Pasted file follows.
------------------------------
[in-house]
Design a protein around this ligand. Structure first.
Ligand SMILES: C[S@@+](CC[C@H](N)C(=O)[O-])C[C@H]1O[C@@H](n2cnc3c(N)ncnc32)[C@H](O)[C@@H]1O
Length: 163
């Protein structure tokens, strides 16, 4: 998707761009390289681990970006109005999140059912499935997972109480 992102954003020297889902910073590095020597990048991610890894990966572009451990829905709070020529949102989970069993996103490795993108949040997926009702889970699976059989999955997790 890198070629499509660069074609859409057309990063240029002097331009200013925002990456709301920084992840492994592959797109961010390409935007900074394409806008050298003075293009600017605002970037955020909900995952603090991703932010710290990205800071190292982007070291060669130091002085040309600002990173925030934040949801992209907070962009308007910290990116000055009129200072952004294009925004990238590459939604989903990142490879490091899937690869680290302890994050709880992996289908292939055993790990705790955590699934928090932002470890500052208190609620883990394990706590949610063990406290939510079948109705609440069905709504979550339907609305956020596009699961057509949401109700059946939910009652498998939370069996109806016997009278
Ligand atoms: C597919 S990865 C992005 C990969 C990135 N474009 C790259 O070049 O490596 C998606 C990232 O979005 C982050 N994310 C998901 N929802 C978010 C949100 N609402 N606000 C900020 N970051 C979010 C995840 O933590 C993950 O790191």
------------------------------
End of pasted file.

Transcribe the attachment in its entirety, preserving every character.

[in-house]
Design a protein around this ligand. Structure first.
Ligand SMILES: C[S@@+](CC[C@H](N)C(=O)[O-])C[C@H]1O[C@@H](n2cnc3c(N)ncnc32)[C@H](O)[C@@H]1O
Length: 163
């Protein structure tokens, strides 16, 4: 998707761009390289681990970006109005999140059912499935997972109480 992102954003020297889902910073590095020597990048991610890894990966572009451990829905709070020529949102989970069993996103490795993108949040997926009702889970699976059989999955997790 890198070629499509660069074609859409057309990063240029002097331009200013925002990456709301920084992840492994592959797109961010390409935007900074394409806008050298003075293009600017605002970037955020909900995952603090991703932010710290990205800071190292982007070291060669130091002085040309600002990173925030934040949801992209907070962009308007910290990116000055009129200072952004294009925004990238590459939604989903990142490879490091899937690869680290302890994050709880992996289908292939055993790990705790955590699934928090932002470890500052208190609620883990394990706590949610063990406290939510079948109705609440069905709504979550339907609305956020596009699961057509949401109700059946939910009652498998939370069996109806016997009278
Ligand atoms: C597919 S990865 C992005 C990969 C990135 N474009 C790259 O070049 O490596 C998606 C990232 O979005 C982050 N994310 C998901 N929802 C978010 C949100 N609402 N606000 C900020 N970051 C979010 C995840 O933590 C993950 O790191």